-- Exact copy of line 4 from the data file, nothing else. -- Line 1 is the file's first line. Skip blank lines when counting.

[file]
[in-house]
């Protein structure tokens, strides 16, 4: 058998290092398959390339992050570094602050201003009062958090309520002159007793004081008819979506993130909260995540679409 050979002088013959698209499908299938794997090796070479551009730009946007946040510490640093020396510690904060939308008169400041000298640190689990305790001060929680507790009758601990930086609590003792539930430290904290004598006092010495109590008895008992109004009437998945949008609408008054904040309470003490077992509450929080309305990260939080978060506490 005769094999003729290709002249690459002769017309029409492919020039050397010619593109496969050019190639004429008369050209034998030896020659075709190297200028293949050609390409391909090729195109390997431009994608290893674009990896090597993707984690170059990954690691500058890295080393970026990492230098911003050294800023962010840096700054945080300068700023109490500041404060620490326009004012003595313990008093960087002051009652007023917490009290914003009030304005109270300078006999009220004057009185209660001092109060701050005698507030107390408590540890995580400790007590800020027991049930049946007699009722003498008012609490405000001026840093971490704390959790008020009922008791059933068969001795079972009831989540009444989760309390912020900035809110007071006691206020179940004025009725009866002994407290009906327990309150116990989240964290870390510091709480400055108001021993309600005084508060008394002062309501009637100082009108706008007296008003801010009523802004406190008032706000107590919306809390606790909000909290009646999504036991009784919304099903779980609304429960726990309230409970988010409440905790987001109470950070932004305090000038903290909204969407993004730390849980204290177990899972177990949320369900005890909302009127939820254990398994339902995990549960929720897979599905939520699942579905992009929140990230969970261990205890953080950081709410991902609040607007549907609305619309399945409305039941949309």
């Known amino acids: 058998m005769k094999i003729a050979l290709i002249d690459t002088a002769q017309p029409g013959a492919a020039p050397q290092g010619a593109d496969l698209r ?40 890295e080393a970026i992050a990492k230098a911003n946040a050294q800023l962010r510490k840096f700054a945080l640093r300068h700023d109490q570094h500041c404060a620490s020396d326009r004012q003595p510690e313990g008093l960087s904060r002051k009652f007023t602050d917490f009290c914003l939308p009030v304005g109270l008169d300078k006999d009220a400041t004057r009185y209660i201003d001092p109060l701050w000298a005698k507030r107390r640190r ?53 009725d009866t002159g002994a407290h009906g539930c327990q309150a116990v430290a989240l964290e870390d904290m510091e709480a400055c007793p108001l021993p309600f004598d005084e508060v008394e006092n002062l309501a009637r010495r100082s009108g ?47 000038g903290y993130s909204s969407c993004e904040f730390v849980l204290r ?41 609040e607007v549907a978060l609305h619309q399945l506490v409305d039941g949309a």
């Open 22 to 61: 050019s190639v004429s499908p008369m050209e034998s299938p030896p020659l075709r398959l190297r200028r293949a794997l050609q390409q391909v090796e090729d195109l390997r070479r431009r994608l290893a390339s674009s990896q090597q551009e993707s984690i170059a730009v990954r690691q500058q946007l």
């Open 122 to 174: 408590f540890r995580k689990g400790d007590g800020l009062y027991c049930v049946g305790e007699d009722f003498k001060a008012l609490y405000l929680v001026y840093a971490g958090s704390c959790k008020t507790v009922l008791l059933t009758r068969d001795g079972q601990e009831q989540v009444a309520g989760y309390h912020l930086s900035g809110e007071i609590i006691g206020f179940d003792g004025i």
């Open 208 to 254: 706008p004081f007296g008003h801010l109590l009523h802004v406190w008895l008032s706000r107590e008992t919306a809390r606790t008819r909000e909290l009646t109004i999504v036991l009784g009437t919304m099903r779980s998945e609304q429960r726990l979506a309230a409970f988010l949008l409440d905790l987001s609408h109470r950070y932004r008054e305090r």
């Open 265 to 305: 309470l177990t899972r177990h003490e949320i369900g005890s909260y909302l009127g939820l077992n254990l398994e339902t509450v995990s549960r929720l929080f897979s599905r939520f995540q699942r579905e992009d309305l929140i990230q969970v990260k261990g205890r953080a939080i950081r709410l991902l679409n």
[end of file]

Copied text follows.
């Open 22 to 61: 050019s190639v004429s499908p008369m050209e034998s299938p030896p020659l075709r398959l190297r200028r293949a794997l050609q390409q391909v090796e090729d195109l390997r070479r431009r994608l290893a390339s674009s990896q090597q551009e993707s984690i170059a730009v990954r690691q500058q946007l």